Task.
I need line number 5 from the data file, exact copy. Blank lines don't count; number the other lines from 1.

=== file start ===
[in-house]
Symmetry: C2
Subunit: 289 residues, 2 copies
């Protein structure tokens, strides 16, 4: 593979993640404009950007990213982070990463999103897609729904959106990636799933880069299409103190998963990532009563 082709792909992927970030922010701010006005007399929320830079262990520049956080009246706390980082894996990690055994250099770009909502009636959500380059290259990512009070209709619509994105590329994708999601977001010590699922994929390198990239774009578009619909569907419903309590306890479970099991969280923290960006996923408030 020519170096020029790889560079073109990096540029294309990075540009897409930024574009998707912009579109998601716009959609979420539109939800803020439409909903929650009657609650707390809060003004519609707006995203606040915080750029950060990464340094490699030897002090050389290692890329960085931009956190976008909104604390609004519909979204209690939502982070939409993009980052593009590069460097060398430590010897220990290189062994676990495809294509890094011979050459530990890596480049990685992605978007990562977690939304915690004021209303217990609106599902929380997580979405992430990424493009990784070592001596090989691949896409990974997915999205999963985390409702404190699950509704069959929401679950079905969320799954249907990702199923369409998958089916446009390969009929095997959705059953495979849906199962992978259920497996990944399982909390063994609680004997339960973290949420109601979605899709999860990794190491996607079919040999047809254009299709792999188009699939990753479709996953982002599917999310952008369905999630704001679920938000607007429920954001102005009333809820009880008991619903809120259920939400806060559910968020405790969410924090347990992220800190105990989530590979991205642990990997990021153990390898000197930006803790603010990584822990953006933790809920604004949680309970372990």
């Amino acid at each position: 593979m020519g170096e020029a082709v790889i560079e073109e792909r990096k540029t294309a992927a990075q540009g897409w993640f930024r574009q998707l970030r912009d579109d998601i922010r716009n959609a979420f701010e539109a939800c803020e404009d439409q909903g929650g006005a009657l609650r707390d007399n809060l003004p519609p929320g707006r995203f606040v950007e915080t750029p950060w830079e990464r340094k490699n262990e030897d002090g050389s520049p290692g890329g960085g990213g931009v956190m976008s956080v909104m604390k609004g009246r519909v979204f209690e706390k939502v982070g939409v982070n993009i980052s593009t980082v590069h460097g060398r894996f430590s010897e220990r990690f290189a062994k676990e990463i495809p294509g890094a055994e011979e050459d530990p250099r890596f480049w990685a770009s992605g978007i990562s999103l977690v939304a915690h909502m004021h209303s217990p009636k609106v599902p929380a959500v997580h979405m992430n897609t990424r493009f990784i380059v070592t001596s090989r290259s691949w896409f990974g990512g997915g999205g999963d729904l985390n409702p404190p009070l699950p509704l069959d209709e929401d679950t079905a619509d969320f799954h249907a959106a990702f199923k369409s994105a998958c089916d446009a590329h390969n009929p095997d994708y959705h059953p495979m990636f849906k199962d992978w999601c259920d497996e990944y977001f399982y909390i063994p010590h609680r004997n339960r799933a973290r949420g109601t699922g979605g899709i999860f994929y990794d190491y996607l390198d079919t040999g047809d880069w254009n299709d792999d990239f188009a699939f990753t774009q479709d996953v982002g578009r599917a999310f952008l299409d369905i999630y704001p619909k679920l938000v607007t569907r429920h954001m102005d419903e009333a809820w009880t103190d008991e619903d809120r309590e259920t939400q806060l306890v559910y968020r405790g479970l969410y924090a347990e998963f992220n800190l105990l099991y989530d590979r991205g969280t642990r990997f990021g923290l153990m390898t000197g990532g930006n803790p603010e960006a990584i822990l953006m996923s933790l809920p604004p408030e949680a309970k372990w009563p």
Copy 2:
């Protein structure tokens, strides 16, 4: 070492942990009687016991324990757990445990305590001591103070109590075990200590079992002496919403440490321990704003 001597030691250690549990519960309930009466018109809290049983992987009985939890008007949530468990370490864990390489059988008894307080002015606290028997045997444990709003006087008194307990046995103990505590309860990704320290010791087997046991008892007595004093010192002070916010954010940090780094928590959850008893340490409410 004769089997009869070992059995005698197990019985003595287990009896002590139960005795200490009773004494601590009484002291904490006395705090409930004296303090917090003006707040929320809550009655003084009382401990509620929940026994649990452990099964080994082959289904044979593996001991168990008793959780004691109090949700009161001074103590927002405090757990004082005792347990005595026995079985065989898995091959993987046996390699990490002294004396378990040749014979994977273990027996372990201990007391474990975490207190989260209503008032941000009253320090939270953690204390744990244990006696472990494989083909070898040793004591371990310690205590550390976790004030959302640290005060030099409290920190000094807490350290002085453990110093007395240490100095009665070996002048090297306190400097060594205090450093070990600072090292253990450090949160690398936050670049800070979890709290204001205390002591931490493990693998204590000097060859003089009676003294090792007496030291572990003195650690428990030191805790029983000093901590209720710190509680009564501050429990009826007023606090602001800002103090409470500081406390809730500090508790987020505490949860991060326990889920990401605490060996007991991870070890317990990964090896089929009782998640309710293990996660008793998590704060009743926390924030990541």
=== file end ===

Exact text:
């Amino acid at each position: 593979m020519g170096e020029a082709v790889i560079e073109e792909r990096k540029t294309a992927a990075q540009g897409w993640f930024r574009q998707l970030r912009d579109d998601i922010r716009n959609a979420f701010e539109a939800c803020e404009d439409q909903g929650g006005a009657l609650r707390d007399n809060l003004p519609p929320g707006r995203f606040v950007e915080t750029p950060w830079e990464r340094k490699n262990e030897d002090g050389s520049p290692g890329g960085g990213g931009v956190m976008s956080v909104m604390k609004g009246r519909v979204f209690e706390k939502v982070g939409v982070n993009i980052s593009t980082v590069h460097g060398r894996f430590s010897e220990r990690f290189a062994k676990e990463i495809p294509g890094a055994e011979e050459d530990p250099r890596f480049w990685a770009s992605g978007i990562s999103l977690v939304a915690h909502m004021h209303s217990p009636k609106v599902p929380a959500v997580h979405m992430n897609t990424r493009f990784i380059v070592t001596s090989r290259s691949w896409f990974g990512g997915g999205g999963d729904l985390n409702p404190p009070l699950p509704l069959d209709e929401d679950t079905a619509d969320f799954h249907a959106a990702f199923k369409s994105a998958c089916d446009a590329h390969n009929p095997d994708y959705h059953p495979m990636f849906k199962d992978w999601c259920d497996e990944y977001f399982y909390i063994p010590h609680r004997n339960r799933a973290r949420g109601t699922g979605g899709i999860f994929y990794d190491y996607l390198d079919t040999g047809d880069w254009n299709d792999d990239f188009a699939f990753t774009q479709d996953v982002g578009r599917a999310f952008l299409d369905i999630y704001p619909k679920l938000v607007t569907r429920h954001m102005d419903e009333a809820w009880t103190d008991e619903d809120r309590e259920t939400q806060l306890v559910y968020r405790g479970l969410y924090a347990e998963f992220n800190l105990l099991y989530d590979r991205g969280t642990r990997f990021g923290l153990m390898t000197g990532g930006n803790p603010e960006a990584i822990l953006m996923s933790l809920p604004p408030e949680a309970k372990w009563p």